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View Diary: A political issue -- teacher pay (255 comments)

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  •  I have to say... (4.00)
    It's all true.  Teachers need to be paid more, and respected more, and given more control over how they teach.

    Plus, I have a kid about to hit public school in a year, I'd like to see his teachers paid and supported a lot more than they are now, believe me, and I have felt that way since I was a kid in public school myself in the 70s, with tattered Signet paperbacks and my most dedicated talented teachers buying extra supplies out of their own pockets.

    But lordy - they aren't alone.  Try being a librarian sometime, a job that requires a masters degree to get your foot in the door.

    A few years ago (1998-2001) when I was an academic librarian at an Ivy League university with a massive endowment, the usual starting salary for a librarian with a master's degree in librarianship/information science (which is a standard job requirement) was $32,000.  When I was looking for a job, I applied for several (not in major metropolises or at major universities) that started at $28,000. $42,000 was often the cap, achieved after many years of  small raises that never kept pace with inflation. Second job?  After working 50 hours a week year round? Sure, some librarians had them.  Most of them just lived like students.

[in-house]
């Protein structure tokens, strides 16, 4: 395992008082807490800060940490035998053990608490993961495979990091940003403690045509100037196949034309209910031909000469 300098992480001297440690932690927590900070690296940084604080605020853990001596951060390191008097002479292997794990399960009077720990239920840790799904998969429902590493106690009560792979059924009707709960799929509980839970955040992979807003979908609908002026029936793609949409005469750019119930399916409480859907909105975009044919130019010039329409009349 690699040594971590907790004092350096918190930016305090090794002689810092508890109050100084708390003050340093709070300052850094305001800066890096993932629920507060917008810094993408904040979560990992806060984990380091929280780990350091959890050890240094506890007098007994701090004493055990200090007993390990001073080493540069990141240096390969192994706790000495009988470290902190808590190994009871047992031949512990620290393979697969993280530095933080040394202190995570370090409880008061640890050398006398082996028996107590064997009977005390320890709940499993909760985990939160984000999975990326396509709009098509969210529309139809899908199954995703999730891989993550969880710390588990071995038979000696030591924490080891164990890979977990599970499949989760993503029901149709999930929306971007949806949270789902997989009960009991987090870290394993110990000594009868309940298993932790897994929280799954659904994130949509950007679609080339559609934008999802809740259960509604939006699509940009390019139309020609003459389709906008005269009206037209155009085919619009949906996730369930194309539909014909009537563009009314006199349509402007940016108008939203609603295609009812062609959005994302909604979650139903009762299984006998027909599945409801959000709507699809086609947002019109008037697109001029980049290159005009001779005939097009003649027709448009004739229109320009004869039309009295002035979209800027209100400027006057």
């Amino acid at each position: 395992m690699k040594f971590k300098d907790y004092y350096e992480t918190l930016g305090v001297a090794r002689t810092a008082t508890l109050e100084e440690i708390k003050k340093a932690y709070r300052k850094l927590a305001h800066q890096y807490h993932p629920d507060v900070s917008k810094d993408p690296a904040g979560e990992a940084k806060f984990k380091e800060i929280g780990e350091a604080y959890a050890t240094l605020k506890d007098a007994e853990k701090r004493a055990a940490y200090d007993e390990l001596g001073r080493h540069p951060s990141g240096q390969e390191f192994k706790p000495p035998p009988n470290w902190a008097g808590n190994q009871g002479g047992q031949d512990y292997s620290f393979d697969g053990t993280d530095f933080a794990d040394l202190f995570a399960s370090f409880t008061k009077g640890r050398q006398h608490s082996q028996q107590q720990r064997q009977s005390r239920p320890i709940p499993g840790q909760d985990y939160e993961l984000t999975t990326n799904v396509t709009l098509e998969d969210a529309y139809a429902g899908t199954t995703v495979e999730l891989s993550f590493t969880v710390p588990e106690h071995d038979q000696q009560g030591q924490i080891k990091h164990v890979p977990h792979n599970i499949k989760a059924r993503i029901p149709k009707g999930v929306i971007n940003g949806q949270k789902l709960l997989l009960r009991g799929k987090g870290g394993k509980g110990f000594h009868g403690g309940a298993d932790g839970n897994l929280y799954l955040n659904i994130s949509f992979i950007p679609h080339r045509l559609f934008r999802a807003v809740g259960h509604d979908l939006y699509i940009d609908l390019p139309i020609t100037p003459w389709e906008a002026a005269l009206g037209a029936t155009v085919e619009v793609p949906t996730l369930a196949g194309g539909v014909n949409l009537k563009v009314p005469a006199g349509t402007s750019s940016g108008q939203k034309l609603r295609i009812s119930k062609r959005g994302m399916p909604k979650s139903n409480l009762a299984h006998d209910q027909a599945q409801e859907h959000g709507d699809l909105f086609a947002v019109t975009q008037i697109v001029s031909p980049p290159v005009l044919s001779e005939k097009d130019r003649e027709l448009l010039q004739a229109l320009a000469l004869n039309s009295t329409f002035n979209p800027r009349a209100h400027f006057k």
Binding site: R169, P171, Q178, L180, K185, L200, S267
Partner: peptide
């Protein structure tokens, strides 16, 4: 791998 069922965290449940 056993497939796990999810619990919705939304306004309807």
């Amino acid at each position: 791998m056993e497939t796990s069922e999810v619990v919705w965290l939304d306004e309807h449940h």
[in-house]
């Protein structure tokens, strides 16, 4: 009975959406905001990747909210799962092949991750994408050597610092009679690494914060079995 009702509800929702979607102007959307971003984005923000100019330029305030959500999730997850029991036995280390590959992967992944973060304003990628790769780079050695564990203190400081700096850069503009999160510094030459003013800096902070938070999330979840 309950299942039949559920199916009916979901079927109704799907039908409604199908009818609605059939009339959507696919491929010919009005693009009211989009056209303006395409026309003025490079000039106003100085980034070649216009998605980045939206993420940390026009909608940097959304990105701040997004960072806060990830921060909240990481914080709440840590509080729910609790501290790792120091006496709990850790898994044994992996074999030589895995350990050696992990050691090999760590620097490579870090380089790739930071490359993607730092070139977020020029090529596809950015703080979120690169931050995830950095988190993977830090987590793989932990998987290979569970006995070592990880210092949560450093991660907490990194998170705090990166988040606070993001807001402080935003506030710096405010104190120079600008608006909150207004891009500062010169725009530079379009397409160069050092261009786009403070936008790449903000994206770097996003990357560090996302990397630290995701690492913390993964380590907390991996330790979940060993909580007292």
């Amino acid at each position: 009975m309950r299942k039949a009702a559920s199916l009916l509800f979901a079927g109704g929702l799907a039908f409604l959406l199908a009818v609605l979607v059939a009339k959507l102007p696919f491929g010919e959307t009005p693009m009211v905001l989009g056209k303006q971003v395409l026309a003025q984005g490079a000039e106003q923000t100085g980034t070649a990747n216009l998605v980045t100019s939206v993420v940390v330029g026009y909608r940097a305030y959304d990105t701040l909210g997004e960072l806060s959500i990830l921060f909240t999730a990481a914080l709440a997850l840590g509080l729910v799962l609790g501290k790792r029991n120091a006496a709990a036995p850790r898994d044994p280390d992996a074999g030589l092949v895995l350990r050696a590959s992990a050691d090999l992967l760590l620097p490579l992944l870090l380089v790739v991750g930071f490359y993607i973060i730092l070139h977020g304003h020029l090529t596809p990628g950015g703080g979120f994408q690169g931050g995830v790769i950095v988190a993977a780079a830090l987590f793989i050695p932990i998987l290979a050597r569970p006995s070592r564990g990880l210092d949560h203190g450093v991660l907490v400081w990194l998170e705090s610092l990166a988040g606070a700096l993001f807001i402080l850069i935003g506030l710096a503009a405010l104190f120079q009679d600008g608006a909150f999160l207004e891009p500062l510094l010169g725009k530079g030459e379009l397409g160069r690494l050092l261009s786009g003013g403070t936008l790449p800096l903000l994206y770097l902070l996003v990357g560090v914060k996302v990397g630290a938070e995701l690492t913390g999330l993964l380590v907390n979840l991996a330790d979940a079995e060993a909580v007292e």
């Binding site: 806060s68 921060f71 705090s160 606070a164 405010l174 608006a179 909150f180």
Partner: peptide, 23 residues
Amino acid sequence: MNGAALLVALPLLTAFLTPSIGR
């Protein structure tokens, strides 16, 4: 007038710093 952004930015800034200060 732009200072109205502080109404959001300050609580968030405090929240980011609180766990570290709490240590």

I believe the current administration would like to kill the public school system, the public library system, and the public parks and is making progress on all fronts.

    In addition, I have a friend who is a social worker with a master's degree, an employed husband and a child, who works very long hours, and has to visit her church food shelf all the time.  

    I think we hugely undervalue all jobs that benefit the common good, and are the pillars of democracy and opportunity.  

    I agree that respect and support are a lot of the problem with getting good teachers, not just money (though clearly, money is very important!).  My husband attended a public (there called a 'state') school in the 1970s in Manchester, England where his math teacher had a PhD from Cambridge University.  They were not paid well at all, but they had control over their classes and curriculums and were highly respected.  His opinion is that made all the difference.  Teachers don't have that kind of support and respect there now either, and he believes that's a lot of why they can't get the best teachers anymore.

    I've had two friends who taught public school for five and three years, respectively.  They quit because of the bureaucracy pressures and lack of respect in the classroom and from the higher ups, not because of the pay (the jobs they took afterwards paid the same or less).

    "Virginia Woolf's idea of a room of one's own has never been the place for middle- and working-class women. We work with interruptions." - Ananya Chatterjea

    by sarac on Sun Jul 03, 2005 at 07:16:42 AM PDT

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